Diagnosis and treatment of rheumatoid arthritis

Diagnosis and treatment of rheumatoid arthritis

A physician will refer a patient to a rheumatologist if he or she suspects the signs and symptoms of rheumatoid arthritis. This disease is chronic and can often last a lifetime. Although there is no cure, treatment through pain medicines and dietary changes can help one manage the condition. A single test cannot confirm rheumatoid arthritis, and a proper look into medical and family history, physical examination, and diagnostics tests are required.


Medical history
This covers a detailed analysis of family and medical history and analysis of recent symptoms such as pain and tenderness in joints and difficulty in movements.

Physical exam
Physical examination will include an examination of each joint, swelling, and painful movement in the joints. As rheumatoid arthritis affects joints of both sides, a pattern and number of joints affected will also be recorded. This will also reveal other associated symptoms such as fever, muscle strength, and reflex.

It is used to image the joints affected by rheumatoid arthritis. An x-ray scan is done to determine the extent of damage to the cartilage, tendons, and bones. However, this scan cannot detect inflammation in the soft tissues. X-ray imaging of affected joints will also help in understanding the disease progression.

MRI uses a powerful magnetic field to image the soft tissues. For rheumatoid arthritis, these images can detect the inflammation present in the synovium, where the synovium is the membrane that is attacked by the immune system. MRI can detect inflammation in earlier stages of rheumatoid arthritis compared to an x-ray.

Blood tests
Different blood tests are conducted to detect circulatory antibodies and inflammatory proteins in the blood, which are as follows:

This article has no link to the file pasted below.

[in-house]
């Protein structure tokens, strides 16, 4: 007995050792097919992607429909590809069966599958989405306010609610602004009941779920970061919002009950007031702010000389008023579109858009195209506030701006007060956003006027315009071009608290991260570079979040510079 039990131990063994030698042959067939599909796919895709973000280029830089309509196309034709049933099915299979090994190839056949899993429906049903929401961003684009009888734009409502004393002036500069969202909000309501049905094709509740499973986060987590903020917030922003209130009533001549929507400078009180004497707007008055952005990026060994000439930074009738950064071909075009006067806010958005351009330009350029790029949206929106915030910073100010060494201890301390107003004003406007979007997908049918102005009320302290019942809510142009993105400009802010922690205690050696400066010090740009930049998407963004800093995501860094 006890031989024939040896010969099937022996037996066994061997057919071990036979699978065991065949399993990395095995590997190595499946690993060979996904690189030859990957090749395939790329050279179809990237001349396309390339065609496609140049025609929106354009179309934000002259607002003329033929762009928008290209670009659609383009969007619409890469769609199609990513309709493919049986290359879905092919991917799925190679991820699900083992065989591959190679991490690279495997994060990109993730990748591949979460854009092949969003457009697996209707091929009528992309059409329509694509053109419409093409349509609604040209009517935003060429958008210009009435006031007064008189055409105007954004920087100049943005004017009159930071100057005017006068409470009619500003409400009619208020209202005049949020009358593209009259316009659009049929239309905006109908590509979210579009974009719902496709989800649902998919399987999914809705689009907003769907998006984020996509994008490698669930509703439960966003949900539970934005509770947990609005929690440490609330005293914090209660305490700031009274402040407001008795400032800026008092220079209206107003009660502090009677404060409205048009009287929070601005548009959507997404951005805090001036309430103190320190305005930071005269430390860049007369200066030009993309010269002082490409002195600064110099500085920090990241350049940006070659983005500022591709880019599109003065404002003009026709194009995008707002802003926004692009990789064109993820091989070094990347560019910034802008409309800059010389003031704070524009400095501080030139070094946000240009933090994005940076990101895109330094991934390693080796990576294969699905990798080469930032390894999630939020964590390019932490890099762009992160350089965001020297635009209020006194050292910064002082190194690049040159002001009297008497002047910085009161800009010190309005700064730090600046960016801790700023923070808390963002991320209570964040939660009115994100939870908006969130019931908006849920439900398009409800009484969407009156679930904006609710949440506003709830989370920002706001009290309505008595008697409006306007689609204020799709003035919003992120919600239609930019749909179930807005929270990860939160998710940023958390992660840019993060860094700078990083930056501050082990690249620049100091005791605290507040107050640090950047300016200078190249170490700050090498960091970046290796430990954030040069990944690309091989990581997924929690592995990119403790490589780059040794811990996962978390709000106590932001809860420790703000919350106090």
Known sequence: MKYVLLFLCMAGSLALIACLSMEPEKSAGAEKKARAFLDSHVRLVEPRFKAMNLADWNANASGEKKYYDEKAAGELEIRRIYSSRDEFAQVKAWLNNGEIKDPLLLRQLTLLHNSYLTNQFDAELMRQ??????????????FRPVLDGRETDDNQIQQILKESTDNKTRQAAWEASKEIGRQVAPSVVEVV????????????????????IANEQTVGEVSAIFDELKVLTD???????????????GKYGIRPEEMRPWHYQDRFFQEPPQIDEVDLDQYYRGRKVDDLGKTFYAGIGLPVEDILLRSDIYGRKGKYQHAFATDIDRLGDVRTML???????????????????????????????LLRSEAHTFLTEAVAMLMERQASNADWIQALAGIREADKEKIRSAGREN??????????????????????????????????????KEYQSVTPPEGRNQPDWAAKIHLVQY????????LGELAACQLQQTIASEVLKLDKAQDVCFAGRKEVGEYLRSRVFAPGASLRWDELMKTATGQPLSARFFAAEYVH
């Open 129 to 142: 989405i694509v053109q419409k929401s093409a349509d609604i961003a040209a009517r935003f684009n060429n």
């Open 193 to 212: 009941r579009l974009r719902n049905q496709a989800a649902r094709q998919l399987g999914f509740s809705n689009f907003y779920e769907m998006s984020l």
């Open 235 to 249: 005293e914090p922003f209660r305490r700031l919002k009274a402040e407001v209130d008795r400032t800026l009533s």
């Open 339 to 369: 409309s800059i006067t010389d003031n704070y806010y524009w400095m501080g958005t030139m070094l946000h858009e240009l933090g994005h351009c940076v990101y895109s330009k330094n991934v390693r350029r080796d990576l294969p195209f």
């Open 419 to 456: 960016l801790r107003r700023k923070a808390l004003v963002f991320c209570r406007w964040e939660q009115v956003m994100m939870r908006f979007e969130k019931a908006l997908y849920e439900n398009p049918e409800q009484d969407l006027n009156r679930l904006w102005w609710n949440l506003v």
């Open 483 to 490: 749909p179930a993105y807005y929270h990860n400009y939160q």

• Rheumatoid factor test
    A high level of this factor is linked with auto-immune diseases, especially rheumatoid arthritis.
  • Anticitrullinated protein antibody test (anti-CCP)
    Anti-CCP antibodies are associated with rheumatoid arthritis and can be an early diagnostic marker. A positive test for this antibody also indicates that disease is now likely to progress more rapidly.
  • Antinuclear antibody test (ANA)
    The ANA test is an indicator of auto-immune disease. An elevated level of this antibody could mean that the immune system is evading its own tissues. Since rheumatoid arthritis is an autoimmune disorder, ANA tests are usually positive for rheumatoid arthritis patients. However, a positive test for ANA does not necessarily mean that person has rheumatoid arthritis.
  • Erythrocyte sedimentation rate (ESR)
    An ESR test is generally performed to study the degree of inflammation in the body. However, it doesn’t indicate the cause of the inflammation.
  • C-reactive protein test (CRP)
    CRP is an inflammatory protein and is synthesized by the liver during infection. Elevated levels of CRP can indicate inflammation in the joints.

There is no permanent cure for rheumatoid arthritis, but pain or anti-inflammatory medications, anti-rheumatic medicines, and dietary changes can help in treatment. The treatment strategy for rheumatoid arthritis generally focuses on reducing pain and inflammation in the body, which helps in controlling further damage to the joints and other organs.

Heating pads can be used by the patient at home to achieve temporary relief as they soothe joints and relax painful muscles. Stretching exercises taught by a trained physiotherapist can also help. In extreme cases, a joint may have to be repaired or replaced through surgery.

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